The Story

Mexican Brunch Food, Baby
By Lindsay Sterling

Even though my Mexican cooking teacher, Azminda Cansino, knows my name is Lindsay, the text I got from her was: “Nena, what is the plan?”
“Azminda,” I responded, a little giddy at the confusing message, “Was this for me? Who’s Nena?”
Azminda: “Nena is baby.” (It’s pronounced NEIGH-nah. And it’s what girlfriends call each other in Mexico.) Little horsie? Little neigh-er? Whatever, I love being a nena! Warm Latina terms of endearment are like nectar to this cold, Northern WASP. Dear readers, nenas, let me tell you our plan. Azminda is teaching me (and therefore you) how to cook Mexican chilaquiles (pronounced Cheela-KEEL-ace), a popular brunch food, at Azminda’s apartment in Yarmouth, Maine, on Wednesday at 11am.
For days I looked forward to this. “Life is good” shirts and spare tire covers didn’t look sarcastic anymore. We’re going to get to learn chilaquiles, whatever they are, and I know they are going to be out-of-this-world amazing because real immigrant food always is. On Wednesday an hour before we were to cook, I was in downtown Portland when I got a foreboding email from Azminda. “I have two drawbacks,” she wrote. Her blender broke, and she couldn’t find green tomatoes at Hannaford, Shaw’s, or Walmart. Of course she couldn’t, poor thing! I had to save our cooking session. I went to LeRoux Kitchen on Commercial Street to buy a blender. When I came face to face with a real, live $500 Vitamix, desire seared my eyeballs and wrapped its claws around my heart. I could have the smoothest smoothies in all the land! My brain punched back. Or I could spend way too much on a blender. The cheapest blender was the very model I’d blown out on lemongrass last year, so I forked over $150 for the slightly more powerful 700-watt Cuisinart and prayed against all forecasts of appliance life spans in America, that this one last at least two decades.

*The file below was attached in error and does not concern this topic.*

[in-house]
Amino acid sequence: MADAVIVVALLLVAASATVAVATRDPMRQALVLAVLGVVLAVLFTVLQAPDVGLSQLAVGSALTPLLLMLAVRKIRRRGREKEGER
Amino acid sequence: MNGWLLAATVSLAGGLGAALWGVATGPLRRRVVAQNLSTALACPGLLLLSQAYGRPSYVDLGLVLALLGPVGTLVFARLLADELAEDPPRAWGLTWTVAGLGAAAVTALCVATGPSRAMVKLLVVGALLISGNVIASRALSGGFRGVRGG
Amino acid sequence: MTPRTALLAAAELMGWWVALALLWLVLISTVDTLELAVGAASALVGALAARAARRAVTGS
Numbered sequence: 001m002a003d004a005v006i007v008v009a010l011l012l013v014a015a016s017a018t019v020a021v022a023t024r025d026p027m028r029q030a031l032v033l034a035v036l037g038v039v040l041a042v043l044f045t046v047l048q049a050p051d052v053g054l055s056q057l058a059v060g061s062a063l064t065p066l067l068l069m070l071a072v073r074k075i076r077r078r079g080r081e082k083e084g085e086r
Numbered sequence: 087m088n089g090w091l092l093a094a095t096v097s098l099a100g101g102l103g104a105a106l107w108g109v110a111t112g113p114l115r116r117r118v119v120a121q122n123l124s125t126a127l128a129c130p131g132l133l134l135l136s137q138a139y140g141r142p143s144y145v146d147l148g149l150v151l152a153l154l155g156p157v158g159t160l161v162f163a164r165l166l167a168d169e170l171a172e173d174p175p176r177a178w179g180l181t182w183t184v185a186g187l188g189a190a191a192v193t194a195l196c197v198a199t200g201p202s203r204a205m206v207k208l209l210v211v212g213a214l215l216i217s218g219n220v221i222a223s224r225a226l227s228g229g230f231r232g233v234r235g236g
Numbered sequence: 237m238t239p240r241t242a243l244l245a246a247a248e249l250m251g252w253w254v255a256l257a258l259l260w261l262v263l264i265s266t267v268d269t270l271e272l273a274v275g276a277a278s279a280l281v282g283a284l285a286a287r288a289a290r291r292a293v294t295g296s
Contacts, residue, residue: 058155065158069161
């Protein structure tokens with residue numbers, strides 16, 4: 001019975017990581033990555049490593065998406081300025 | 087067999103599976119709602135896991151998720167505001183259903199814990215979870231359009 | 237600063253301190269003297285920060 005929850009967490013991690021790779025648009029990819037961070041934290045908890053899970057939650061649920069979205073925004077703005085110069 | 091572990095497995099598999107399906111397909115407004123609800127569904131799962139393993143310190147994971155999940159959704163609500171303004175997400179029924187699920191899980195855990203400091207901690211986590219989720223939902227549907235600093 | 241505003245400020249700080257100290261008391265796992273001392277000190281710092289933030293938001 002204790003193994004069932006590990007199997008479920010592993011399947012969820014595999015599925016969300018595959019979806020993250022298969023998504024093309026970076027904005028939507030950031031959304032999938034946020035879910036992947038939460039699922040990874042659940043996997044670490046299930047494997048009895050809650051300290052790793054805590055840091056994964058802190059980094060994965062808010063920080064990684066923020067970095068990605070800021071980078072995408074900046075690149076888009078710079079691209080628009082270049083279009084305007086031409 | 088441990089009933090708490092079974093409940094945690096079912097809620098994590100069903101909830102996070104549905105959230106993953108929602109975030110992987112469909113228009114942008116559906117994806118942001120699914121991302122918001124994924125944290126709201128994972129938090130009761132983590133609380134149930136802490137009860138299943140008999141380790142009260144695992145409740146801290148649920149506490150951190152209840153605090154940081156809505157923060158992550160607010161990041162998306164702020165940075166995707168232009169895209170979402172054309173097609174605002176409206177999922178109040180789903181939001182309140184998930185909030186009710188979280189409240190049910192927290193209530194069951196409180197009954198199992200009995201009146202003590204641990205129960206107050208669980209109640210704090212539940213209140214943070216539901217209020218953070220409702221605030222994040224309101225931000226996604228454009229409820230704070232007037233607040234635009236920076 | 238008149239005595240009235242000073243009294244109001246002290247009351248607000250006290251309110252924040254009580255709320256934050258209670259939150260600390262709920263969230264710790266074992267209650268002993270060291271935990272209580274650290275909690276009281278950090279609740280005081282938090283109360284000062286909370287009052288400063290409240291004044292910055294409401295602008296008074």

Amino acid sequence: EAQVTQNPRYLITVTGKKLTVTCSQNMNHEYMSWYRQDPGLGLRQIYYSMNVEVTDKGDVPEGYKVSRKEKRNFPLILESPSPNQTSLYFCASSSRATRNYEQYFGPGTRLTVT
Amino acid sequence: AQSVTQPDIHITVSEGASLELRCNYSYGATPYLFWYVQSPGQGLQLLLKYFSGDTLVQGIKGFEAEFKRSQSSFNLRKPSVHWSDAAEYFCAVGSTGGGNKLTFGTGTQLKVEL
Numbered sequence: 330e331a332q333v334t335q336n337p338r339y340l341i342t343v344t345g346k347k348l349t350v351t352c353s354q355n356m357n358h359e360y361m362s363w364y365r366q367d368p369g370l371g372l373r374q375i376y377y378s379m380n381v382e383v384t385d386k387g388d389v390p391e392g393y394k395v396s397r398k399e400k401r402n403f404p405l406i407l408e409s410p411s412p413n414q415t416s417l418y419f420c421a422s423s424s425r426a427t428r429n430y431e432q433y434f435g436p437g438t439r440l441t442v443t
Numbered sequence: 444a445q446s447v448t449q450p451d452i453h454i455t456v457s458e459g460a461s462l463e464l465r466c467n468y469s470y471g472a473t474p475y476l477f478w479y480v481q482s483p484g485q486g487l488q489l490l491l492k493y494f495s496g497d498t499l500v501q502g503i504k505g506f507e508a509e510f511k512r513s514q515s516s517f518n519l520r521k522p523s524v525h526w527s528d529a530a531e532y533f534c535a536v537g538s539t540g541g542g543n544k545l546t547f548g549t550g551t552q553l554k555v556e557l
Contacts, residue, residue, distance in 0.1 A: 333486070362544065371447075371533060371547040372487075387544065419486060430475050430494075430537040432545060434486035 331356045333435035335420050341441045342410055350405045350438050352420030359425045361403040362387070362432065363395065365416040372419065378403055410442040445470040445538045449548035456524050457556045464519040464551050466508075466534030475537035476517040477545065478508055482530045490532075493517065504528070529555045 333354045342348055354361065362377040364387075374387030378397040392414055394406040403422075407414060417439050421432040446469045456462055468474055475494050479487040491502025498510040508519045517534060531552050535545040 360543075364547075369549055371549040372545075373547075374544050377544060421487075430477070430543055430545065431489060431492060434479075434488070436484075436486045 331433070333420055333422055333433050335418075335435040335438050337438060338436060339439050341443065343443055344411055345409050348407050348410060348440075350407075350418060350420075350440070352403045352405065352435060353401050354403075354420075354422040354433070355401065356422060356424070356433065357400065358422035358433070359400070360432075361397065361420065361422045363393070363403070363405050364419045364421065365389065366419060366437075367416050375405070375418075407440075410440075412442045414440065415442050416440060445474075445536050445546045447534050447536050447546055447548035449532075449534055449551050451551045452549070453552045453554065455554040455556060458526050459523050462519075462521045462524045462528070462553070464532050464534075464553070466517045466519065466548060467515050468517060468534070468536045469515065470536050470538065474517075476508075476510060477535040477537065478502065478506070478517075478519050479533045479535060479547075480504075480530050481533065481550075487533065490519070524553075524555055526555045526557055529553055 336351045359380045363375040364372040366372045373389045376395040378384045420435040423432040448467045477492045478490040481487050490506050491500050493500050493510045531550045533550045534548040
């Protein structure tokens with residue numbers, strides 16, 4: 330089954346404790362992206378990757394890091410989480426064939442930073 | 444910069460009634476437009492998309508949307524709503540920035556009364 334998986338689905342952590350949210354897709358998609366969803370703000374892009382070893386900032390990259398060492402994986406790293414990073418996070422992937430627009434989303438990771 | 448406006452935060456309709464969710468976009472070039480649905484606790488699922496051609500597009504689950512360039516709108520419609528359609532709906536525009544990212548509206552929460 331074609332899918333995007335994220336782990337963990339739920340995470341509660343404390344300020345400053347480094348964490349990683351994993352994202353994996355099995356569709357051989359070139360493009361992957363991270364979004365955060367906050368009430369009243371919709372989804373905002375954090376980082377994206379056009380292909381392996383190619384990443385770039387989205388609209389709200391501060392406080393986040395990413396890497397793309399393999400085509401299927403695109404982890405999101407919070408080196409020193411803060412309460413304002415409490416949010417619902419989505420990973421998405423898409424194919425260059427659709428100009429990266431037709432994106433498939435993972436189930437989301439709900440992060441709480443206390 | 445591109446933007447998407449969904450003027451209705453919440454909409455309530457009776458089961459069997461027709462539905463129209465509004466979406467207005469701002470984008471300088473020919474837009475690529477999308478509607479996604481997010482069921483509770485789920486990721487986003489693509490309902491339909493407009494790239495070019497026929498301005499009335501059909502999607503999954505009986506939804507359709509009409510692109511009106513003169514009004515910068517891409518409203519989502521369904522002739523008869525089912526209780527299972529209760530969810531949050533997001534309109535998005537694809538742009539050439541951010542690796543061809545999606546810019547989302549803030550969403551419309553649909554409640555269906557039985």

At the Monument Square Farmer’s Market I scanned the under-tent displays like a lion scanning the savannah. “I know you’re in there somewhere.” After about ten minutes, in the heart of the vegetable hullabaloo at Uncle’s Farm Stand, I pounced on a basket of green tomatoes and ripped them apart with my teeth. Or rather, excuse, me, paid for them and headed to Yarmouth. At Azminda’s, my new blender liquefied 5 serrano chilis and a pound of green tomatoes pretty well, but Azminda broke it to me that a twenty dollar blender in Mexico would have made a smoother blend. Blenders have more blades in Mexico, she says. We started planning our Mexican blender import business while the light green tomato-chili-puree cooked in a large pot. She added water, chicken bouillon and salt. When the color turned muted, more like pond scum, she did something totally crazy. She poured a mountain of tortilla chips into the green liquid. “Oh my _od they’re going to get all soggy!” I cried like it was the end of those little chips’ lives. But nenas, trust your Mexican girlfriends. Tortilla chips come back reincarnated as wonderfully thick, tangy, zippy chilaquiles. You eat a generous mound of this deliciousness with a thin plank of pan-fried chicken breast and sour cream. It is, I kid you not, the best brunch ever. If you do one thing for your pleasure sensors this week, click "The Recipe" (link at right) and cook this dish.

Copyright Lindsay Sterling 2012